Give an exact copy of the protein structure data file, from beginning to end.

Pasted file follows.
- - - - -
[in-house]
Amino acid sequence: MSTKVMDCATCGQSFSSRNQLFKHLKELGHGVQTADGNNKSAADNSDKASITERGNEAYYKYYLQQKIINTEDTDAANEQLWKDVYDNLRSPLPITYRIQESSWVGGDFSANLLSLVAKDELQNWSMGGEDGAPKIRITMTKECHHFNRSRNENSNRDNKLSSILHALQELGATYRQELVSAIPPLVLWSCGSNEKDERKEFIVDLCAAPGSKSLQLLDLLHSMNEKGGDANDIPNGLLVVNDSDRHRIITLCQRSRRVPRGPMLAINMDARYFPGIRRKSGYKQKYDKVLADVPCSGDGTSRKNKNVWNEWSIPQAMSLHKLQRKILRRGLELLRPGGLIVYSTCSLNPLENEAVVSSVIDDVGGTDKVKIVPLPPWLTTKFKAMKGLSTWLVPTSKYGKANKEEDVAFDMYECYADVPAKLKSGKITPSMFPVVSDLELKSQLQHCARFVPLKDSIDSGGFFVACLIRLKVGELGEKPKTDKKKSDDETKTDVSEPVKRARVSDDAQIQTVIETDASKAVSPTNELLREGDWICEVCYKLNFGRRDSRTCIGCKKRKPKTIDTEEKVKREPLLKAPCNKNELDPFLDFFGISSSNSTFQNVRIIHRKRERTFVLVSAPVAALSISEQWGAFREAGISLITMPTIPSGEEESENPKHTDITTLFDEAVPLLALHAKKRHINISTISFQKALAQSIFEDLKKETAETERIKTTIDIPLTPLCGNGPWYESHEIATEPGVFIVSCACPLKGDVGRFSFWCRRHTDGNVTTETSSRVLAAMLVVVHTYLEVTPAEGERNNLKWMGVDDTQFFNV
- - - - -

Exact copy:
[in-house]
Amino acid sequence: MSTKVMDCATCGQSFSSRNQLFKHLKELGHGVQTADGNNKSAADNSDKASITERGNEAYYKYYLQQKIINTEDTDAANEQLWKDVYDNLRSPLPITYRIQESSWVGGDFSANLLSLVAKDELQNWSMGGEDGAPKIRITMTKECHHFNRSRNENSNRDNKLSSILHALQELGATYRQELVSAIPPLVLWSCGSNEKDERKEFIVDLCAAPGSKSLQLLDLLHSMNEKGGDANDIPNGLLVVNDSDRHRIITLCQRSRRVPRGPMLAINMDARYFPGIRRKSGYKQKYDKVLADVPCSGDGTSRKNKNVWNEWSIPQAMSLHKLQRKILRRGLELLRPGGLIVYSTCSLNPLENEAVVSSVIDDVGGTDKVKIVPLPPWLTTKFKAMKGLSTWLVPTSKYGKANKEEDVAFDMYECYADVPAKLKSGKITPSMFPVVSDLELKSQLQHCARFVPLKDSIDSGGFFVACLIRLKVGELGEKPKTDKKKSDDETKTDVSEPVKRARVSDDAQIQTVIETDASKAVSPTNELLREGDWICEVCYKLNFGRRDSRTCIGCKKRKPKTIDTEEKVKREPLLKAPCNKNELDPFLDFFGISSSNSTFQNVRIIHRKRERTFVLVSAPVAALSISEQWGAFREAGISLITMPTIPSGEEESENPKHTDITTLFDEAVPLLALHAKKRHINISTISFQKALAQSIFEDLKKETAETERIKTTIDIPLTPLCGNGPWYESHEIATEPGVFIVSCACPLKGDVGRFSFWCRRHTDGNVTTETSSRVLAAMLVVVHTYLEVTPAEGERNNLKWMGVDDTQFFNV